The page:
Trump US envoy to UN vows to show US strength

The former South Carolina governor made her first remarks at UN headquarters before presenting her diplomatic credentials to Guterres.

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United Nations chief António Guterres shakes hands with new US Ambassador to the United Nations Nikki Haley at the United Nations in New York, on January 27, 2017 play

United Nations chief António Guterres shakes hands with new US Ambassador to the United Nations Nikki Haley at the United Nations in New York, on January 27, 2017

(AFP)
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Washington's new ambassador to the United Nations, Nikki Haley, vowed Friday to show US strength in global affairs and delivered a blunt warning to opponents of President Donald Trump's policies.

"For those who don't have our backs: we're taking names," Haley told reporters at she arrived at UN headquarters for her first meeting with UN Secretary-General Antonio Guterres.

"We will make points to respond to that accordingly."

"Our goal with the administration is to show value at the UN, and the way that we will show value is to show our strength, show our voice, have the backs of our allies and make sure that our allies have our back as well," she said.

The former South Carolina governor made her first remarks at UN headquarters before presenting her diplomatic credentials to Guterres.

Their first meeting is expected to be clouded by reports of a draft executive order being prepared at the White House that could deprive the United Nations of billions of dollars in US financial support.

The United States is by far the UN's biggest financial contributor, providing 22 percent of its operating budget and funding 28 percent of peacekeeping missions, which currently cost $7.8 billion annually.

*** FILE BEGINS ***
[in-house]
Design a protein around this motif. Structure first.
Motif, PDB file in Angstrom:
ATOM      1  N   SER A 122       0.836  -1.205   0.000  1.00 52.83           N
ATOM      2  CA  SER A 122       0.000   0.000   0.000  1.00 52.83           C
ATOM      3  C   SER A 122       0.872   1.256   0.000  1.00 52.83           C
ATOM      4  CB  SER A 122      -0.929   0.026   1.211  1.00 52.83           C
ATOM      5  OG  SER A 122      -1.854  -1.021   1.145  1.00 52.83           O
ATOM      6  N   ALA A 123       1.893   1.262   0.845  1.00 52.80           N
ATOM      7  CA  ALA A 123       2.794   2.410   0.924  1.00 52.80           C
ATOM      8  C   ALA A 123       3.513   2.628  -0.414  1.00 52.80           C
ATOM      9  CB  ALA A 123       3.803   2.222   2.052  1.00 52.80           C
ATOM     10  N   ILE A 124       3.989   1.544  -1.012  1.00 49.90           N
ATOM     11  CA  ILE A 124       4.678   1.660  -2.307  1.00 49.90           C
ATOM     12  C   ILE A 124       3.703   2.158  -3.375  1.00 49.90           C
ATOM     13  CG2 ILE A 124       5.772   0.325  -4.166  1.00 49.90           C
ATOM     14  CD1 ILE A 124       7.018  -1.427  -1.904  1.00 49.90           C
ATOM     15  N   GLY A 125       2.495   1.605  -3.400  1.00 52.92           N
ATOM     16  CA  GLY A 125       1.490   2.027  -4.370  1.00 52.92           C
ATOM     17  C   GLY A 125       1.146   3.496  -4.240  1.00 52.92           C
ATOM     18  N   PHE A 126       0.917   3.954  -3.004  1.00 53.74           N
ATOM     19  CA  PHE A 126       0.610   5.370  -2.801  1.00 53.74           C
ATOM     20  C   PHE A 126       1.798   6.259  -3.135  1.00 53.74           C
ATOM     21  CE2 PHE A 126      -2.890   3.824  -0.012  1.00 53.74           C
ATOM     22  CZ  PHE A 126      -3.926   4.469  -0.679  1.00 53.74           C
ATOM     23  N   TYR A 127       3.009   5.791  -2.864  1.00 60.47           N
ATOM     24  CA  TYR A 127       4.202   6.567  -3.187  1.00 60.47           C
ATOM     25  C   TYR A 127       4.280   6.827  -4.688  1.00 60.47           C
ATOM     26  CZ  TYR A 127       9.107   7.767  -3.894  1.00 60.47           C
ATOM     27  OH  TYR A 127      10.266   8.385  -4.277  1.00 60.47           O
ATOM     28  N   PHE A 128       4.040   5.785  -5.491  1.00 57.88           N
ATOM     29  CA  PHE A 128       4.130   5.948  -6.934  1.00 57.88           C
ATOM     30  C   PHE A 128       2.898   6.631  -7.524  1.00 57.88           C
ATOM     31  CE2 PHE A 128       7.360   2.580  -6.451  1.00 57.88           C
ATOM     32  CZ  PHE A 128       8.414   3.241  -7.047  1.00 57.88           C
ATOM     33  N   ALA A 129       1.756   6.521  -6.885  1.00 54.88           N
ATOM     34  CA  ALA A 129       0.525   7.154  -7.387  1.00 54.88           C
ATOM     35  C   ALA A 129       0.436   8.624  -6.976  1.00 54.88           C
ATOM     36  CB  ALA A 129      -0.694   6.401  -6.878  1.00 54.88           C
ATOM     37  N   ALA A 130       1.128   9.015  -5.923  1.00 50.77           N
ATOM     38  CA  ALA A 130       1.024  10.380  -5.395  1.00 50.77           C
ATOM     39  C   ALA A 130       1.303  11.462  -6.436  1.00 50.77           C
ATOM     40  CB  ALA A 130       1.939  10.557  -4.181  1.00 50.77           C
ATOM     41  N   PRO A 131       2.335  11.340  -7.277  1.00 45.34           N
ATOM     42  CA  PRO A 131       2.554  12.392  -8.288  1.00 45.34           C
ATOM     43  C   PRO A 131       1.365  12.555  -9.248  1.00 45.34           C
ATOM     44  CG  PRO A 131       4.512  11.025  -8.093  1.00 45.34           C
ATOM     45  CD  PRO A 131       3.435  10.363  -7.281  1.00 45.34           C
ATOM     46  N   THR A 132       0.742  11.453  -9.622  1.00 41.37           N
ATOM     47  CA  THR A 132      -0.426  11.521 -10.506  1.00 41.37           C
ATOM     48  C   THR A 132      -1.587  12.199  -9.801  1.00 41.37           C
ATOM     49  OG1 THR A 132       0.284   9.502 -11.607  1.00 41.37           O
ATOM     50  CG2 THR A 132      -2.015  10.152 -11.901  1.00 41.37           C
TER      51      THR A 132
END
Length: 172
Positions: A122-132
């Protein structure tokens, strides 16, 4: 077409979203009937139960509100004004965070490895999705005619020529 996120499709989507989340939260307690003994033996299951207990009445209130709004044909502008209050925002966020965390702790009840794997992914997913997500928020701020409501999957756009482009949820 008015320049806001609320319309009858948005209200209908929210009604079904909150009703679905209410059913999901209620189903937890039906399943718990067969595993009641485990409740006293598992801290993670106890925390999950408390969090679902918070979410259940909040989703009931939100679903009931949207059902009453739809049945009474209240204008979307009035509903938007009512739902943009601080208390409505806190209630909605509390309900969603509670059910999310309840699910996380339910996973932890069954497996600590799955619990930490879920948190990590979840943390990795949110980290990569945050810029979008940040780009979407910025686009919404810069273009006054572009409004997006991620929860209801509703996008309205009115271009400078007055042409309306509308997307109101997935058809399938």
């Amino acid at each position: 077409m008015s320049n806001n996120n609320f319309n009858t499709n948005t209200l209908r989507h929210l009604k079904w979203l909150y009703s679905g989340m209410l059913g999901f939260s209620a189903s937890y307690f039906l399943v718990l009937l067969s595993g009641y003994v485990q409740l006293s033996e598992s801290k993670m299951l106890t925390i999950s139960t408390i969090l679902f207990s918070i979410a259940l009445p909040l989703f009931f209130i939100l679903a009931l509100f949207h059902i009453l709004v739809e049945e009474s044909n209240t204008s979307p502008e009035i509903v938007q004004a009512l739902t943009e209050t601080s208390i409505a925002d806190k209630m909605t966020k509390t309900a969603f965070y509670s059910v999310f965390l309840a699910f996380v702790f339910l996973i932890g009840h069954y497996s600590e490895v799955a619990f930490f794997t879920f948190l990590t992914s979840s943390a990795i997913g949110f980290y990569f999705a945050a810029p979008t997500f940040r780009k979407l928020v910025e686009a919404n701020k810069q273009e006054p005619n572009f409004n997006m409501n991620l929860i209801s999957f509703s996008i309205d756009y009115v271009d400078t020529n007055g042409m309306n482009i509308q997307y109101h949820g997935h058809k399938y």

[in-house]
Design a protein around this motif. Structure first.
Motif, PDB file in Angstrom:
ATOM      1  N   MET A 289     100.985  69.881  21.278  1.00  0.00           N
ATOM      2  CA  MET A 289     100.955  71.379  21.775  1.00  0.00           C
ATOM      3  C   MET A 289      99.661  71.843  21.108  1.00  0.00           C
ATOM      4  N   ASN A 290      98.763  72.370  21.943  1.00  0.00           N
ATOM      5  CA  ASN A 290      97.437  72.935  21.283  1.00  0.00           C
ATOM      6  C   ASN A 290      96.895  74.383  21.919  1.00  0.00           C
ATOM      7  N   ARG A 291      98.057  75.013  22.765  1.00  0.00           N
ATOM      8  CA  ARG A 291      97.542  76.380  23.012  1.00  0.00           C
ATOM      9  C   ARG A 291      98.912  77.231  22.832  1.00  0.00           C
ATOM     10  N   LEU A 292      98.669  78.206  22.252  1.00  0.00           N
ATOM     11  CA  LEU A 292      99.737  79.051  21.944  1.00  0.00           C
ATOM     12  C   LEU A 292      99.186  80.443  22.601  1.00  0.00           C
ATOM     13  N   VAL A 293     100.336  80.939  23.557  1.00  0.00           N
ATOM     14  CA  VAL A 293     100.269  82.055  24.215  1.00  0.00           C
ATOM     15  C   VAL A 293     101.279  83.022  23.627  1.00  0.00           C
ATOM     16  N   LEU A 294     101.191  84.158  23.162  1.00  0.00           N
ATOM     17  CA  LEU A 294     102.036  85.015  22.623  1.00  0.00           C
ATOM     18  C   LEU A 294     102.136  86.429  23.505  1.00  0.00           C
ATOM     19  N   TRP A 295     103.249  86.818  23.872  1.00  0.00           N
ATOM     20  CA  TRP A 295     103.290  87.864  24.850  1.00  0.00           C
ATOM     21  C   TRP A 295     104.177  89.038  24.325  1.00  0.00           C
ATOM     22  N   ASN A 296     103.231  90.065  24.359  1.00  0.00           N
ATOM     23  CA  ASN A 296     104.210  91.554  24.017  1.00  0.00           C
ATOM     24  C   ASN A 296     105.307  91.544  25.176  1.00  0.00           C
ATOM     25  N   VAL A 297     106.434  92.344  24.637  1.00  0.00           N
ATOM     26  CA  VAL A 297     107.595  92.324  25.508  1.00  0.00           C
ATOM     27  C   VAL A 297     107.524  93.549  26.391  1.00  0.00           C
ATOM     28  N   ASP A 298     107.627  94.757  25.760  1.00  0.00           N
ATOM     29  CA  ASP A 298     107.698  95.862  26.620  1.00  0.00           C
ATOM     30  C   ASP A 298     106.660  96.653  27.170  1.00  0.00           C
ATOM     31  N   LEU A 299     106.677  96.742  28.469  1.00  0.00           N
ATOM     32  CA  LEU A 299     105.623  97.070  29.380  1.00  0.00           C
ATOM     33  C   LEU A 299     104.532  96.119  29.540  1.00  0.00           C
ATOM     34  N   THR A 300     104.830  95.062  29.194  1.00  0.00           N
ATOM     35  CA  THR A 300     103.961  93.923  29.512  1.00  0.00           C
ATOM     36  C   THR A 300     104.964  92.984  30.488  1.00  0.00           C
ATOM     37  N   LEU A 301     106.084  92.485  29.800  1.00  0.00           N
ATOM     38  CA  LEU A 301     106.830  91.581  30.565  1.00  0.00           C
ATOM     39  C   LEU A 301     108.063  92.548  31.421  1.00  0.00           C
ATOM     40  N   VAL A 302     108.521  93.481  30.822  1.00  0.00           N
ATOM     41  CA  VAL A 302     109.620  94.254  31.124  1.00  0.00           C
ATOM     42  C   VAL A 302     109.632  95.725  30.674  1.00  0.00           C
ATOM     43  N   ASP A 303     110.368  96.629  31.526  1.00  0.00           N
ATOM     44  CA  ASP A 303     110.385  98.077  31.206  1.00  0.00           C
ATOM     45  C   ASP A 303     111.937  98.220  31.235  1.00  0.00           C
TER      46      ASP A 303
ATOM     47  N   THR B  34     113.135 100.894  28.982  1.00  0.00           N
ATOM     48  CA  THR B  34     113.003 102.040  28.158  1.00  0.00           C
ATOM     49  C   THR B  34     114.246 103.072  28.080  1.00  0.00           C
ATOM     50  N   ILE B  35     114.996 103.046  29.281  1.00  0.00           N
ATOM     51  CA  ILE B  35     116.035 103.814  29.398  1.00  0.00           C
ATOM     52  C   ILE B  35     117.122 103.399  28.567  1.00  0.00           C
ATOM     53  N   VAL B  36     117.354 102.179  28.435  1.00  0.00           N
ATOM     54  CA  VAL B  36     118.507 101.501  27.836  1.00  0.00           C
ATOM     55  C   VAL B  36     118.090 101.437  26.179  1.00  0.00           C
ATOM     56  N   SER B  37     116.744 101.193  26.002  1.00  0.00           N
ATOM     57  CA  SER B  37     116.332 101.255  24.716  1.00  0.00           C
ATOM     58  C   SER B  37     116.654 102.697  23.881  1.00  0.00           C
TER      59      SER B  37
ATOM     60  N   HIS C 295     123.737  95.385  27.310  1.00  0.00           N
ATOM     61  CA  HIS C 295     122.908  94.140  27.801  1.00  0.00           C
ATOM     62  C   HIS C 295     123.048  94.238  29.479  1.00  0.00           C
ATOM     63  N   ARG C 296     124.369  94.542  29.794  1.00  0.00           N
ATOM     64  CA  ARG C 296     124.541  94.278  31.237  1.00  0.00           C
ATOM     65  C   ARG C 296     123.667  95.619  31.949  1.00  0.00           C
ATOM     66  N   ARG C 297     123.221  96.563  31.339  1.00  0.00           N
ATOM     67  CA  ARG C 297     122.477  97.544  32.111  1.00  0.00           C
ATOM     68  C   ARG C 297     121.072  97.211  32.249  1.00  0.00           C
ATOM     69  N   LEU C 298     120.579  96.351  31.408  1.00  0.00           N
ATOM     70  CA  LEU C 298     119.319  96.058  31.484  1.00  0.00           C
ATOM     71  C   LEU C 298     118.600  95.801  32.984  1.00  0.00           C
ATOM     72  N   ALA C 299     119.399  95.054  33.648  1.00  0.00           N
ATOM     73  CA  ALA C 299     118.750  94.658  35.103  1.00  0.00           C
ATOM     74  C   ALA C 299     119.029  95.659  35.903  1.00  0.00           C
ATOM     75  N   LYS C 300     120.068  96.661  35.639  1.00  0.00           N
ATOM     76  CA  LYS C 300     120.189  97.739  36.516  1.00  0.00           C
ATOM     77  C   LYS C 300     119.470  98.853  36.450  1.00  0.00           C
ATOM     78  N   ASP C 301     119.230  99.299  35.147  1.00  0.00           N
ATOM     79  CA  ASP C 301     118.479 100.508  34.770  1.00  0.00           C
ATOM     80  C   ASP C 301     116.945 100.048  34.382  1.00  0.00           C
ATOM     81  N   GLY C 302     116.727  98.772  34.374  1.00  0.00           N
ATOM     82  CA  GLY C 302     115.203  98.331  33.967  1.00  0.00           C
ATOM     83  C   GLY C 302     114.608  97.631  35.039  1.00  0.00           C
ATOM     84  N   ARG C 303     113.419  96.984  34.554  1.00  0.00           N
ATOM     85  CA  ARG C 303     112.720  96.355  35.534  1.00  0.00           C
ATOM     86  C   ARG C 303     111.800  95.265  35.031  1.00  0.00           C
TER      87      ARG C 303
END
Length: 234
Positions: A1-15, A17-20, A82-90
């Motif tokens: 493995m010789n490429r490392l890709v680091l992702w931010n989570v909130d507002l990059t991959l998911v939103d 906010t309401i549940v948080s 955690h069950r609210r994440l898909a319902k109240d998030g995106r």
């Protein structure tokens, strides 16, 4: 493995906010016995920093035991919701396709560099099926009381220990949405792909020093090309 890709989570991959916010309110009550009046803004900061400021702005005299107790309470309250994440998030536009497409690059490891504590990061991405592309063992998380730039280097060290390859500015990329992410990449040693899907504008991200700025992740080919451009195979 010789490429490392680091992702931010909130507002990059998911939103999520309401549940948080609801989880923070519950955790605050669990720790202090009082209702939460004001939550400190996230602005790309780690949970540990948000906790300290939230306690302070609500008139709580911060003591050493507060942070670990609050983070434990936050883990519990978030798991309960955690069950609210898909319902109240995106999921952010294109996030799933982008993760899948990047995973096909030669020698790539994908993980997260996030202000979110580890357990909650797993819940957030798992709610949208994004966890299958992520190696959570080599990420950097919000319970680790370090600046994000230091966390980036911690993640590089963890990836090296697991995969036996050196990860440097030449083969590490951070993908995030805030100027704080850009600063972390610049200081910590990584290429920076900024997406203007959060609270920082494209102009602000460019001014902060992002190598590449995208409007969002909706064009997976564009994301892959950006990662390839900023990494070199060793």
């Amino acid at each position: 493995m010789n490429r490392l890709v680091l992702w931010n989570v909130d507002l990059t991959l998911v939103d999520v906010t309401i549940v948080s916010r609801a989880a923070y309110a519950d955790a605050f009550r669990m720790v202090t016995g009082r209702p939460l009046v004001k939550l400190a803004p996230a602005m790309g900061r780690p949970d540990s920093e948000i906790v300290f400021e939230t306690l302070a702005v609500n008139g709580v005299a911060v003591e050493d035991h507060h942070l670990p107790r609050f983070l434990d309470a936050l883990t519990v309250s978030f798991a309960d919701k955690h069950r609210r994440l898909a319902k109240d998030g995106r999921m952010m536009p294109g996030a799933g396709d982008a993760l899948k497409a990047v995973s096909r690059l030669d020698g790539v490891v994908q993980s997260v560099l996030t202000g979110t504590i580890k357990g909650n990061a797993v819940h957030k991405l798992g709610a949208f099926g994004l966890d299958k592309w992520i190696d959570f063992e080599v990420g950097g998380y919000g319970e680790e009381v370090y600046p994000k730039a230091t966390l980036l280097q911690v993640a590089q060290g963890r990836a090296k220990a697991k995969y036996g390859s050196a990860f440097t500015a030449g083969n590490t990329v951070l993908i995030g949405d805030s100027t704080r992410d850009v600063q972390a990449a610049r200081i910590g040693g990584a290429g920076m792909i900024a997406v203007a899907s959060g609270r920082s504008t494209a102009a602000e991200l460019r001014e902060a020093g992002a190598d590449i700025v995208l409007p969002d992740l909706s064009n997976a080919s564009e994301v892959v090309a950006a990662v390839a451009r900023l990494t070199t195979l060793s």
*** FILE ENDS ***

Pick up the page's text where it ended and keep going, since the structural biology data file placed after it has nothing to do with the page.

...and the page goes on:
The 45-year-old daughter of Indian immigrants said she was ready to push for an overhaul of the United Nations and made clear there would be cuts.

"This is a time of strength. This is a time of action. This is a time of getting things done," Haley said.

"Everything that is working, we are going to make it better. Everything that is not working we are going to try and fix. Everything that seems to be obsolete and not necessary, we're going to do away with," she said.

A change at the UN

In his pledge to pursue an "America First" foreign policy, Trump has dismissed the United Nations as "just a club for people to get together and have a good time."

Relations with Trump became tense after the Security Council adopted a resolution demanding Israel end settlement construction.

The former US administration declined to use its veto to block the measure, prompting Trump to promise that "things will be different" at the United Nations under his administration.

Tough-talking Haley echoed that stance.

"You are going to see a change in the way we do business. It's no longer about working harder but working smarter," she said.

The ambassador then held a brief 20-minute meeting with Guterres who was "delighted to meet her," said UN spokesman Stephane Dujarric.

US Vice President Mike Pence (right) swears in Nikki Haley as US ambassador to the United Nations during a ceremony in Washington DC, on January 25, 2017 play

US Vice President Mike Pence (right) swears in Nikki Haley as US ambassador to the United Nations during a ceremony in Washington DC, on January 25, 2017

(AFP)

"It was an introductory meeting and the start of engagement with the new US administration," he said.

Guterres, who took over from Ban Ki-moon on January 1, is also pushing for changes at the United Nations to improve its ability to respond to crises.

UN officials are eager to engage with the new US envoy on the way forward on a range of issues from key appointments to top UN posts to faltering peace efforts in Syria, Yemen and South Sudan.

Haley's appointment was welcomed by many diplomats who notably praised her for her strong stance against racism as South Carolina governor, when she ordered that the Confederate flag be pulled down from the state capitol.

Her lack of diplomatic experience however is expected to be a challenge as she confronts a string of complex issues on the agenda of the Security Council, where the United States is one of the five veto-wielding powers.

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